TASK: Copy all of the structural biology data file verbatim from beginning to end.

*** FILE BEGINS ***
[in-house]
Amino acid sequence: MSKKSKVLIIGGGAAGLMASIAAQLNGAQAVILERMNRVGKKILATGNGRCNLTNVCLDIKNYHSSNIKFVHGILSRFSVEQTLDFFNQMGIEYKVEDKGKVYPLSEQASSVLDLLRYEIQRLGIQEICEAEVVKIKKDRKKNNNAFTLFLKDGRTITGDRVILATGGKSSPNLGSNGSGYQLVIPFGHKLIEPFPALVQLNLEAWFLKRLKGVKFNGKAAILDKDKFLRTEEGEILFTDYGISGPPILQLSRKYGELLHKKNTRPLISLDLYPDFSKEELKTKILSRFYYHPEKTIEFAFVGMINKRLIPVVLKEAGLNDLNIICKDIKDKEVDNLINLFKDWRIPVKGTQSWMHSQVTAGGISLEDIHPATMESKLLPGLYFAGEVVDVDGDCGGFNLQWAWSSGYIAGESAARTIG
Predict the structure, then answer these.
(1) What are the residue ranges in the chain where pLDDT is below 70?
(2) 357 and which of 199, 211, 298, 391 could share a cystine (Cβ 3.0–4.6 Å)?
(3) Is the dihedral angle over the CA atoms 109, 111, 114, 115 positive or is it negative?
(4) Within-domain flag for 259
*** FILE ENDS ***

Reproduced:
[in-house]
Amino acid sequence: MSKKSKVLIIGGGAAGLMASIAAQLNGAQAVILERMNRVGKKILATGNGRCNLTNVCLDIKNYHSSNIKFVHGILSRFSVEQTLDFFNQMGIEYKVEDKGKVYPLSEQASSVLDLLRYEIQRLGIQEICEAEVVKIKKDRKKNNNAFTLFLKDGRTITGDRVILATGGKSSPNLGSNGSGYQLVIPFGHKLIEPFPALVQLNLEAWFLKRLKGVKFNGKAAILDKDKFLRTEEGEILFTDYGISGPPILQLSRKYGELLHKKNTRPLISLDLYPDFSKEELKTKILSRFYYHPEKTIEFAFVGMINKRLIPVVLKEAGLNDLNIICKDIKDKEVDNLINLFKDWRIPVKGTQSWMHSQVTAGGISLEDIHPATMESKLLPGLYFAGEVVDVDGDCGGFNLQWAWSSGYIAGESAARTIG
Predict the structure, then answer these.
(1) What are the residue ranges in the chain where pLDDT is below 70?
(2) 357 and which of 199, 211, 298, 391 could share a cystine (Cβ 3.0–4.6 Å)?
(3) Is the dihedral angle over the CA atoms 109, 111, 114, 115 positive or is it negative?
(4) Within-domain flag for 259